A 44-year old man, Kehinde Tijani, has accused the Nigeria police of torturing him after he was arrested along with two of his friends accused of being gay.
Recounting his ordeal to National Daily, Tijani said it all started when a friend of his simply identified as Abiola Samuel visited him at his residence in Ikorodu along with a male companion on 17th of April this year in the afternoon.
“Two hours into their visit, two security men forcefully entered my house, and arrested my guests and myself. We were arrested and detained at the Ikorodu Police station without any explanation.”
Tijani said he was later accused of harboring and protecting Lesbian, Gay, Bisexual, and Transgender (LGBT) persons. “While in custody, I was beaten and humiliated by officers of the Nigeria police, calling me all manner of degrading names,” Tijani explained.
He said it took his lawyer days to secure his bail while the case was adjourned till 10th of July 2017.
According to him, while still in Police custody, local vigilante group, otherwise referred to as ‘Onyabo’ attacked his house, abducted his cousin and wife.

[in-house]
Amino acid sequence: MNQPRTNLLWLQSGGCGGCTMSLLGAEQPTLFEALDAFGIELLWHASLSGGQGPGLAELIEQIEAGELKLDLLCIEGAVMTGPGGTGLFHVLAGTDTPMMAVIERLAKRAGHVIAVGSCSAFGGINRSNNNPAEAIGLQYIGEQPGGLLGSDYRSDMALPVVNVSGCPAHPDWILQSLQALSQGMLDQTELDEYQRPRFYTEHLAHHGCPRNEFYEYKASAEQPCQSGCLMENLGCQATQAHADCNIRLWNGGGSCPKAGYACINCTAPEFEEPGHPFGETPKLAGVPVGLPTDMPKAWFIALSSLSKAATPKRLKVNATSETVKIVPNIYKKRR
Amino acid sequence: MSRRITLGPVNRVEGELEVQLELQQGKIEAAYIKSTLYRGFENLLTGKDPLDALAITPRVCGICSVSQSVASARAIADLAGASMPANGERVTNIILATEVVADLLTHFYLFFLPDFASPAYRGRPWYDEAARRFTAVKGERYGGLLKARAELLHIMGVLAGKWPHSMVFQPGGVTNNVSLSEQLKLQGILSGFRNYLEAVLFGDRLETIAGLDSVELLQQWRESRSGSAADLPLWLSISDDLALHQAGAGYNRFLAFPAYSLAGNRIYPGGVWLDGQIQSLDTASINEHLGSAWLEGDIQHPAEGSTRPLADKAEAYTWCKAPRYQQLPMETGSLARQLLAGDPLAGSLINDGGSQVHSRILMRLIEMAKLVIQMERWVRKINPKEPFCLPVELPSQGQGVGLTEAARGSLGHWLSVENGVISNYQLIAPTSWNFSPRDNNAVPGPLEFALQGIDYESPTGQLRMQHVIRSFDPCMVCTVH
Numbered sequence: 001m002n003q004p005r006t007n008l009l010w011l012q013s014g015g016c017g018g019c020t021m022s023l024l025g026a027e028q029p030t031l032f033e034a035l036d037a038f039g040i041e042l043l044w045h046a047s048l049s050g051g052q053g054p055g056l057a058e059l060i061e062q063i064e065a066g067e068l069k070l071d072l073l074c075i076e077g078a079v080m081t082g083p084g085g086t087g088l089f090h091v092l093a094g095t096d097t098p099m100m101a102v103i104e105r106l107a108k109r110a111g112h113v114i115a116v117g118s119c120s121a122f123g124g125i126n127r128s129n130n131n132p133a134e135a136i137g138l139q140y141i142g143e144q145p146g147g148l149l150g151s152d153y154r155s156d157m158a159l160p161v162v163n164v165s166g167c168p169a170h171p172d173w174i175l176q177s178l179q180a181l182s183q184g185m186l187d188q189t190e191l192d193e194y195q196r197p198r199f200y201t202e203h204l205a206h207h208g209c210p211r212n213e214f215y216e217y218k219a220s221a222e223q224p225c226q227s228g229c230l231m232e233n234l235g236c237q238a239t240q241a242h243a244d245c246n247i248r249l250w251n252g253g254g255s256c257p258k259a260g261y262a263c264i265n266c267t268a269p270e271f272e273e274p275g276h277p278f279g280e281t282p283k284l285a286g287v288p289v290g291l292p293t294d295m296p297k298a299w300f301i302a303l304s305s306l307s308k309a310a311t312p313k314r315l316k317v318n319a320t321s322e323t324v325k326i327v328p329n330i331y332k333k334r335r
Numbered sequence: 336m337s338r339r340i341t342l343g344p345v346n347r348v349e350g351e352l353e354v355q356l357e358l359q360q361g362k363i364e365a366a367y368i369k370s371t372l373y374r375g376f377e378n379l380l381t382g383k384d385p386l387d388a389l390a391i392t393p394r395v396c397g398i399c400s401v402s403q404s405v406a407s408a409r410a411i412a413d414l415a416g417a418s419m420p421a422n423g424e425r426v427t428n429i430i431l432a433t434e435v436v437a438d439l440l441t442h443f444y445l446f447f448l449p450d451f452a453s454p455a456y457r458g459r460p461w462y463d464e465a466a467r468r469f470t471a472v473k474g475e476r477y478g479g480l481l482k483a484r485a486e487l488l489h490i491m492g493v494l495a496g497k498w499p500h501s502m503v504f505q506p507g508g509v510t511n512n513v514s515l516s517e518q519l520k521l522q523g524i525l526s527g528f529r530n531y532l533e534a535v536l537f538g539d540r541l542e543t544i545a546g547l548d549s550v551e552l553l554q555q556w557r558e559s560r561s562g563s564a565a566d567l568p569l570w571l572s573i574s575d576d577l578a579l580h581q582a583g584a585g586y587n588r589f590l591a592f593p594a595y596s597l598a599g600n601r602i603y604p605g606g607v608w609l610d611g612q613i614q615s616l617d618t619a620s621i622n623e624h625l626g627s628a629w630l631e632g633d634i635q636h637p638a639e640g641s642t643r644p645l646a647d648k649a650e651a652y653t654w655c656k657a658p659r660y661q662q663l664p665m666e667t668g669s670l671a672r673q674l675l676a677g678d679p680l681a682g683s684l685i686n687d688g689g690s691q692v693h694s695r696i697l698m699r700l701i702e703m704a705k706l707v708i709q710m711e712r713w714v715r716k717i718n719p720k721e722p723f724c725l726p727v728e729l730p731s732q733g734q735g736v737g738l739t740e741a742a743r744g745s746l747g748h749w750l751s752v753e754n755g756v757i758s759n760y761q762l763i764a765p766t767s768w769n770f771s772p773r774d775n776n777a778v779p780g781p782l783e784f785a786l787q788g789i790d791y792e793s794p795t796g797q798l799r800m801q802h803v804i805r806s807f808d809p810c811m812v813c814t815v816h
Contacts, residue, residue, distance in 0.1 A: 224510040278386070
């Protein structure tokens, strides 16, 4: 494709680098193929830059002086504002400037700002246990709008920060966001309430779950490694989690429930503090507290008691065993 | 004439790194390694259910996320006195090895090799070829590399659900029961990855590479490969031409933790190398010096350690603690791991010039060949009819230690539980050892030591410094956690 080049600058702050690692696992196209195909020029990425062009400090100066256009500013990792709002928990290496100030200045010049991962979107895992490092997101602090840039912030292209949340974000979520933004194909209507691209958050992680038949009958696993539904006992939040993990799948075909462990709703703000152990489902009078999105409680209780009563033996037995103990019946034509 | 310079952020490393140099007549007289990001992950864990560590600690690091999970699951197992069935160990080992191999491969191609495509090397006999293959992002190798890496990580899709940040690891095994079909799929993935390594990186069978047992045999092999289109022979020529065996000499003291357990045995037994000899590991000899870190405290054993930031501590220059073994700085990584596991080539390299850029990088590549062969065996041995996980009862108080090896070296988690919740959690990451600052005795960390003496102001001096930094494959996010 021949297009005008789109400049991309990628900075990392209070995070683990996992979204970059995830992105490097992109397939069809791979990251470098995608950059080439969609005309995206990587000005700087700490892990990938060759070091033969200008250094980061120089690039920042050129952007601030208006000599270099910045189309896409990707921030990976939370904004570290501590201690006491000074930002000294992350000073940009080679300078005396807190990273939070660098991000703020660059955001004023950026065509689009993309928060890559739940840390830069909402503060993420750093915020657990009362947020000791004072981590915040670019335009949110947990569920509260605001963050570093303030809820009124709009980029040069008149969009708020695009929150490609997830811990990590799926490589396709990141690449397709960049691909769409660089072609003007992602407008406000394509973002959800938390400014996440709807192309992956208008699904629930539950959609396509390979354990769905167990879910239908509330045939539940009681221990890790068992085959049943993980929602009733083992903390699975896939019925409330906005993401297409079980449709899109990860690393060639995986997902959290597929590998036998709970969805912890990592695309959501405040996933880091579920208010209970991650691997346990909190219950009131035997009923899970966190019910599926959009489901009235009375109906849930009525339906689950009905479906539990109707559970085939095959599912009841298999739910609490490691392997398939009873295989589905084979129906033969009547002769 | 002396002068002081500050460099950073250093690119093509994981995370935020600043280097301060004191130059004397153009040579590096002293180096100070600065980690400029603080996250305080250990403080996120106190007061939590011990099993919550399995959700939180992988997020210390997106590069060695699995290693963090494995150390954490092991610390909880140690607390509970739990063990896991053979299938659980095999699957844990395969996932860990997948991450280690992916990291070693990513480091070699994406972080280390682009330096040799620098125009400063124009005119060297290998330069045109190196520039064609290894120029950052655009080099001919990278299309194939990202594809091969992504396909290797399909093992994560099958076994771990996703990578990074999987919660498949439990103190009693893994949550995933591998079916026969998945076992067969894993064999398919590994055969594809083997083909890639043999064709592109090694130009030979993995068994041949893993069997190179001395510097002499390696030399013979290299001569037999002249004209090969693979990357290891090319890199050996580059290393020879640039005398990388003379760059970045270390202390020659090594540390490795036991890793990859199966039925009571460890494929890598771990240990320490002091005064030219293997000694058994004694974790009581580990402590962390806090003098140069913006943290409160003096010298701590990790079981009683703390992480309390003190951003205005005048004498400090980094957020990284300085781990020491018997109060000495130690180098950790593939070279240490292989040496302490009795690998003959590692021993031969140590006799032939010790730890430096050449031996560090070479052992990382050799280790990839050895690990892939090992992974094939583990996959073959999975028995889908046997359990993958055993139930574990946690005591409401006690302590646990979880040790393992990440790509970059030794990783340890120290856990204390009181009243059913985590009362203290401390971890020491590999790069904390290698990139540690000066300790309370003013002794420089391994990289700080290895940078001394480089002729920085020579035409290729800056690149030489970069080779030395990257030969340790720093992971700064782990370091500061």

He said it took the intervention of the Landlord Association in the community before the two abducted family members were released, necessitating his relocation from the community to Kwara state.
Tijani said he had also received several threat letters and phone calls threatening to destroy his family for associating with gay people, an allegation he denied.
Meanwhile the police have denied the allegation. When contacted by National Daily, police authorities said Tijani was arrested for contravening the law and was subsequently charged to court.
According to the police, Tijani after being granted bail by the court has since absconded and has been declared wanted by the police. “Nobody tortured him while in our custody, I wonder where that accusation is coming from because he was well treated and promptly charged to court without delay,” the police had said in a statement.
The lesbian, gay, bisexual, and transgender (LGBT) persons in Nigeria face legal and social challenges not experienced by non-LGBT residents.
The maximum punishment in the twelve northern states that have adopted Shari’a law is death by stoning. That law applies to all Muslims and to those who have voluntarily consented to application of the Shari’a courts.
In southern Nigeria and under the secular criminal laws of northern Nigeria, the maximum punishment for same-sex sexual activity is 14 years’ imprisonment. The Same-Sex Marriage Prohibition Act criminalises all forms of same-sex unions and same-sex marriage throughout the country.